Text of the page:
Naw, science is above religion. Just because religion has acted exactly as they doesn’t mean rational thinking people should stoop to their level. As Davidk said, we’ll sort of, “fare thee well on your journey to the next life! Let us know how it all turns out. One less group of retards to deal with.” Let us put a name on this situation. Ken Ham. Would you force him to leave or let his God take care of him? Of course Hambo would high tail it out of his Bark Park as soon as the volcano began to rumble.

  14. SC says:

    You’re all missing the point of this exercise.

    The original question had nothing to do with the use of force to compel someone to do something they wouldn’t want to do. The question was, “What should you do, if anything, to save the town or your family?” By “town”, I’m assuming you mean “the people within the town” since saving the actual infrastructure itself is a moot point. The volcano is going to win that one, regardless. As for saving all of the people, family or no, my answer still stands. Give them as much information as possible to tell them that they are going to die unless they leave. In my personal case, all it will take is one call from Mom to let them know, in no uncertain terms, that they are being idiotic and that they should pack up and leave right now. If that doesn’t work, well, then, I’ll be spending some time with my mother to console her as to why her child decided to do something so absolutely stupid.

    Megalonyx states,

    governments are legitimately charged with protecting citizens’ rights to “life, liberty, and the pursuit of happiness.” No religious test is to be applied to these rights and are not to be withheld from any individual or group simply because I may find their beliefs foolish or obnoxious. So the obligation to save lives, if possible by any reasonable means, is also clear here–to me, at least.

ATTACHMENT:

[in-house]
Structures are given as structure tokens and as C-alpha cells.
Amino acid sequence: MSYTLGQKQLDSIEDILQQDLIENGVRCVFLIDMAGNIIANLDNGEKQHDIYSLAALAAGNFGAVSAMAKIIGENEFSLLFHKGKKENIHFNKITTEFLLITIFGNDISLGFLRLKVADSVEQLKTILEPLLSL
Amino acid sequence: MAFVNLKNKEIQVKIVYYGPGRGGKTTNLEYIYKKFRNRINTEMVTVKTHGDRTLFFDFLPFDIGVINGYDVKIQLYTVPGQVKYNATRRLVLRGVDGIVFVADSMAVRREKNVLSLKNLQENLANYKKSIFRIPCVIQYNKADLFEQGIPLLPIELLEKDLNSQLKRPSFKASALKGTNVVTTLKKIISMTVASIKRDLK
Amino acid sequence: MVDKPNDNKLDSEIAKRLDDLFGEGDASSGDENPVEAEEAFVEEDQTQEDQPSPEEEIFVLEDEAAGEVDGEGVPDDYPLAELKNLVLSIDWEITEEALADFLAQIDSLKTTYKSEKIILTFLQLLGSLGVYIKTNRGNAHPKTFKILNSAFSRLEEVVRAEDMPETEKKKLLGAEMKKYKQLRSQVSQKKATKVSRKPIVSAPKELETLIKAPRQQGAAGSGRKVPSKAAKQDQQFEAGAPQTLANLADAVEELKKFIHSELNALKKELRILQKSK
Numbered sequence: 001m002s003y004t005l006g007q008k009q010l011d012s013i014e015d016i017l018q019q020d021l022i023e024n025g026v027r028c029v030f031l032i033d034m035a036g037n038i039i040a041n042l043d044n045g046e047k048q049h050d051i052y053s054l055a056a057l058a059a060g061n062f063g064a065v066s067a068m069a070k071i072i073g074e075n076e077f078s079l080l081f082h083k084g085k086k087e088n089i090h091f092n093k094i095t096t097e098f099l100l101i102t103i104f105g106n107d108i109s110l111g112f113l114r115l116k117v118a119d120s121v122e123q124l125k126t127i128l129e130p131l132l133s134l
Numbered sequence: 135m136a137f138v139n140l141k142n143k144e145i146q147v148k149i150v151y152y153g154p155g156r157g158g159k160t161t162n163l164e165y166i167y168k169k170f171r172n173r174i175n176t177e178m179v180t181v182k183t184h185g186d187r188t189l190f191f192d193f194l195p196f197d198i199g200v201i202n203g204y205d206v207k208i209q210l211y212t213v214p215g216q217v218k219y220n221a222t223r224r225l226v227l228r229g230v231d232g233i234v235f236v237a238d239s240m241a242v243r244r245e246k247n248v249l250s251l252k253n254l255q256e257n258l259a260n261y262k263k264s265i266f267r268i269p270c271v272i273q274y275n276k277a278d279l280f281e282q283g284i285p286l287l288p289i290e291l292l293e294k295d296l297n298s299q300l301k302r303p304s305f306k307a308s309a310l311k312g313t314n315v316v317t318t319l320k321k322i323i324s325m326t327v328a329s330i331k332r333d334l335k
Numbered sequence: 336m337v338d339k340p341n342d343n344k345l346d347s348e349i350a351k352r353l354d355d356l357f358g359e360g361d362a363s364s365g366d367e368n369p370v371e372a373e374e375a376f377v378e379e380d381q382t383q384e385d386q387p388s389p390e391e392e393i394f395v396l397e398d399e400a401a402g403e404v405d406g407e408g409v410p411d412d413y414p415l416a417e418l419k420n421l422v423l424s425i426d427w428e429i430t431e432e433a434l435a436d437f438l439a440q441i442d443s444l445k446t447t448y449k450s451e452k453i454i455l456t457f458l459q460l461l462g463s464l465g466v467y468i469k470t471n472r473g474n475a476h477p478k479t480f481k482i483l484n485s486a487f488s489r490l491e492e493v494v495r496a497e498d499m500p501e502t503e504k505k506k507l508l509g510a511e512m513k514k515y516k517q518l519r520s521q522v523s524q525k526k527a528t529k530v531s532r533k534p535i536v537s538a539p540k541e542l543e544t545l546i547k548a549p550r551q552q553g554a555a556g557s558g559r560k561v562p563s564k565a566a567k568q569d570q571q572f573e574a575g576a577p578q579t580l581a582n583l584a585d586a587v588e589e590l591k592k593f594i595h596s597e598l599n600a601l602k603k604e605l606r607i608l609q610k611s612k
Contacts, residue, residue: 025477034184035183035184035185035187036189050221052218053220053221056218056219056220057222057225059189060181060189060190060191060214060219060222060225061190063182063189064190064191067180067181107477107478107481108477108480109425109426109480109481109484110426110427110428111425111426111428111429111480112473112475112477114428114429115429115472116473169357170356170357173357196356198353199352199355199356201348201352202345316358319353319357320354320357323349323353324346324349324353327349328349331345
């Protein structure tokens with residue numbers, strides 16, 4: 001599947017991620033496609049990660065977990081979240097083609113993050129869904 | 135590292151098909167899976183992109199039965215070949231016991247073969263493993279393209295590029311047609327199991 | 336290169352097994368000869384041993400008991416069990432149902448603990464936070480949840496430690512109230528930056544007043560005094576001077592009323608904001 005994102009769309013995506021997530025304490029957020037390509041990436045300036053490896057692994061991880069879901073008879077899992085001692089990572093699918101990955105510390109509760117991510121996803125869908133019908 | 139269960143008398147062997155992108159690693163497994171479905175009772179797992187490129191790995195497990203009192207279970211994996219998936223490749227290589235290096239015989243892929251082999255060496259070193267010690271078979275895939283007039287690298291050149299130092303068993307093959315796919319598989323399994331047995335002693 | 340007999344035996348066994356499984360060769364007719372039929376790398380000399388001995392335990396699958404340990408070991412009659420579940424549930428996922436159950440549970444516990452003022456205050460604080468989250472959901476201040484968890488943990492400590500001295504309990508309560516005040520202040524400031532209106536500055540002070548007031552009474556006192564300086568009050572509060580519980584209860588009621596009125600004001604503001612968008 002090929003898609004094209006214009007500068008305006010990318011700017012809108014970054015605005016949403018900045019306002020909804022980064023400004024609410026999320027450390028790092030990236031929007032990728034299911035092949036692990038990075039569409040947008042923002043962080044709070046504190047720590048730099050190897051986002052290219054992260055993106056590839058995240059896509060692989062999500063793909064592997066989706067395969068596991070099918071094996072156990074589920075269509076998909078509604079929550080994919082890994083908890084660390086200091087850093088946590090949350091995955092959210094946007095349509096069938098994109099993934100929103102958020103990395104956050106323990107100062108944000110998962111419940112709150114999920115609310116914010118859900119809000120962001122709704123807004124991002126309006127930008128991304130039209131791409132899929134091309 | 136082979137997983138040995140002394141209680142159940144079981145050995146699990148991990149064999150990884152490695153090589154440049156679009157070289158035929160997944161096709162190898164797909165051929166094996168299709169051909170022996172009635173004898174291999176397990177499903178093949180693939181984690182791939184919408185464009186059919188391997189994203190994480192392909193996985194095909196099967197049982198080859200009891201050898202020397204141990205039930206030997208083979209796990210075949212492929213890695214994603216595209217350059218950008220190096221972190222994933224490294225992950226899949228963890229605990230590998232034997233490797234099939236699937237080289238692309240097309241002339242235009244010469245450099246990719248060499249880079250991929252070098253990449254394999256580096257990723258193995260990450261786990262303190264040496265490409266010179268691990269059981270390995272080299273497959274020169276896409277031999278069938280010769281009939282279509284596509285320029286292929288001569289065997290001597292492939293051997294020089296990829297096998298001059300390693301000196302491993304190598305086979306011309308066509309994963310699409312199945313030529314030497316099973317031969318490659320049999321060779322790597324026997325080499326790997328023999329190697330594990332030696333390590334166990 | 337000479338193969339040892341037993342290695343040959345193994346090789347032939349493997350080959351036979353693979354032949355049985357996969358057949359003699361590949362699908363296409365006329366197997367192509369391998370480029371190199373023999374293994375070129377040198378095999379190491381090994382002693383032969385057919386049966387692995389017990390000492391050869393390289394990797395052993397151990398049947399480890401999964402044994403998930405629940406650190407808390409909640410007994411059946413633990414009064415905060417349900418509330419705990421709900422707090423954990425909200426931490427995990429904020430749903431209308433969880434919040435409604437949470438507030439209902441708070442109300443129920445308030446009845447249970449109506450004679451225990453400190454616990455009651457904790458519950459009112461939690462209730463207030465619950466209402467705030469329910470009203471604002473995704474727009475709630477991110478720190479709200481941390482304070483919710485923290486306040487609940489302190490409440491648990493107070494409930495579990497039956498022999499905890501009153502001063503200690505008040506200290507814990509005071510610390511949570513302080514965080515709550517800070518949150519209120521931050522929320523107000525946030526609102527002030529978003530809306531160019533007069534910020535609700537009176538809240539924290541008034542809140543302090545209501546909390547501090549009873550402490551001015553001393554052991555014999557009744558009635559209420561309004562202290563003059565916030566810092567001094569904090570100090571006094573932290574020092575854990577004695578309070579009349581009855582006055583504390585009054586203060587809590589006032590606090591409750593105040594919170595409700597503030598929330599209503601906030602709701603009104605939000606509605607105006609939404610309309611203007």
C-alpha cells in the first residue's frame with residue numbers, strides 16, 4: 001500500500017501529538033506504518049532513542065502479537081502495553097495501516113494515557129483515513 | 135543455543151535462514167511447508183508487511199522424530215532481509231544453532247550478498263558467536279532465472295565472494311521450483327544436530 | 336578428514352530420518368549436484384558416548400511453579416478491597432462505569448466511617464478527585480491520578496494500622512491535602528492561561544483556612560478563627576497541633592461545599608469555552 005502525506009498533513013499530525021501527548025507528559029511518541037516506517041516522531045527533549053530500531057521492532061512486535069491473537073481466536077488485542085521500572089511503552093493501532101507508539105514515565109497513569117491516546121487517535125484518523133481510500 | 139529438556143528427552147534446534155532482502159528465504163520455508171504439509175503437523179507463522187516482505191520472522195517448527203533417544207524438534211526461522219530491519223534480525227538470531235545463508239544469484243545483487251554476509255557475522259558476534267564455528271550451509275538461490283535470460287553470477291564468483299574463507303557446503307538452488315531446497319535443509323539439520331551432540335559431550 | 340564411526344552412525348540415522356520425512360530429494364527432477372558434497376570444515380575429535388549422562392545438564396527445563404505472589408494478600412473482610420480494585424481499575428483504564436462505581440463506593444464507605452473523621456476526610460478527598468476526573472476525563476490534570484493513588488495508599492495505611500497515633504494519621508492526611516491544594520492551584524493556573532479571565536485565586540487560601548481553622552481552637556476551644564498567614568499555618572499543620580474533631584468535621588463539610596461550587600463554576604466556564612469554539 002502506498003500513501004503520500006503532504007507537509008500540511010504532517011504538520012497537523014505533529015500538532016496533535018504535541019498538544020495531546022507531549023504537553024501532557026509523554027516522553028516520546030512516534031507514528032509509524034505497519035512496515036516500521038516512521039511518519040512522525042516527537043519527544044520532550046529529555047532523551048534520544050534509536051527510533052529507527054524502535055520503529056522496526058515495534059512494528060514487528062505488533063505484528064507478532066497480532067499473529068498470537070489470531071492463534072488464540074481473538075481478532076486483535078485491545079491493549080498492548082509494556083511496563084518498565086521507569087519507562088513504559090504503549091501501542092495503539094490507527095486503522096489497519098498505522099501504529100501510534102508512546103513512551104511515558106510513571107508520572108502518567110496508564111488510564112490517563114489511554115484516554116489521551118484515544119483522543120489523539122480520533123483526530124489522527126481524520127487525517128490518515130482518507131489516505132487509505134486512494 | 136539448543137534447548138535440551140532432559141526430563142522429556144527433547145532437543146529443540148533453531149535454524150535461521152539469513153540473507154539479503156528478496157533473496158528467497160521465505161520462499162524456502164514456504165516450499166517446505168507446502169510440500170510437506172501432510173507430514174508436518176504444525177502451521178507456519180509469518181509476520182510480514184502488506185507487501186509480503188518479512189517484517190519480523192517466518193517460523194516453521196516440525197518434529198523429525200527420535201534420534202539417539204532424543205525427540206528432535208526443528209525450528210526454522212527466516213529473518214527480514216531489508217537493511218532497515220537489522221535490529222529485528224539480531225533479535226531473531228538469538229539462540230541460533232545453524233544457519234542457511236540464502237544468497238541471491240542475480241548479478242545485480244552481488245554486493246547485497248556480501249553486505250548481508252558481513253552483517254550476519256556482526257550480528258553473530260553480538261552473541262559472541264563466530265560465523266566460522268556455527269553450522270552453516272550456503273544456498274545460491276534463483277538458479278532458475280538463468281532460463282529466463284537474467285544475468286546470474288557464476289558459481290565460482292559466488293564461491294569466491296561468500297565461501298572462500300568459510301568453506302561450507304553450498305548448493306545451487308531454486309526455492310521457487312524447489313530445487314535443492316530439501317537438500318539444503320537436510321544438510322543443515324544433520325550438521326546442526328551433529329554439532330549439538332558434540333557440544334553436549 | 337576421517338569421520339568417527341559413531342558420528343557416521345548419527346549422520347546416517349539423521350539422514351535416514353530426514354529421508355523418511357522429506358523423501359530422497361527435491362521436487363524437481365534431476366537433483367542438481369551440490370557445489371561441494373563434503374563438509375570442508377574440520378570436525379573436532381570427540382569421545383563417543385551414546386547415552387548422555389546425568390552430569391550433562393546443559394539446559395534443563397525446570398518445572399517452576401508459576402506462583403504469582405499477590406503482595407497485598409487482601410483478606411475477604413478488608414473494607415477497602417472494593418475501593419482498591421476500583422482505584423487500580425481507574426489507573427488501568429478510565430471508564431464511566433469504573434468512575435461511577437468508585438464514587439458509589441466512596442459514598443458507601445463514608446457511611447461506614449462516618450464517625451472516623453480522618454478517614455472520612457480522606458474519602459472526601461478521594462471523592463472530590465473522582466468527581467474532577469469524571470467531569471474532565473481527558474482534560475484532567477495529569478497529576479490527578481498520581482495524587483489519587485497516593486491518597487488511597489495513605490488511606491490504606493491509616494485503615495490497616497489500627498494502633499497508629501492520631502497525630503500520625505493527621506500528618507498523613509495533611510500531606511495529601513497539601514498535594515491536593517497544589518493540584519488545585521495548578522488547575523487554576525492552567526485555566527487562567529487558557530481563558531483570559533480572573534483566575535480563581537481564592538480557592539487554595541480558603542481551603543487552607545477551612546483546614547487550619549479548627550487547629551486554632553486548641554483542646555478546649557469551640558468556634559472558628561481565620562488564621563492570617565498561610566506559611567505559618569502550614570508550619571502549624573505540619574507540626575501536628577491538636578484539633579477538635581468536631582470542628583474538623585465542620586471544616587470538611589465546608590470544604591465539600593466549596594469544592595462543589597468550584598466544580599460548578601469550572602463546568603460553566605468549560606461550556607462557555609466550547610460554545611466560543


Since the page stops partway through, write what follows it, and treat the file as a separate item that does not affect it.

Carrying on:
Except this would go against a fair amount of already-established precedent. People were not forcibly compelled to leave the area around Mt St Helens, people were not forcibly compelled to leave New Orleans before Katrina, people have not been forcibly compelled to leave many areas hit by hurricanes, despite the overwhelming consensus that they were (most likely) going to die or be injured.

    As for your use of the Anne Frank-in-the-attic analogy, that’s a bad analogy, in my opinion. In that case, Anne Frank and her family clearly want to live, and the use of the lie is the only way to make that happen. There are no other options, that I can see. I’m not lying to Anne or her family; I’m lying to the people who want to kill her and her family. It’s a subtle point, I’ll grant you, but an important one.

    In the end, the question comes down to, “How much do we do to help these people?” You help them as much as you can without resorting to force. In the end, at some point, you just have to hope for the best, even though you know the worst is about to happen.

  15. Cardinal Gary responds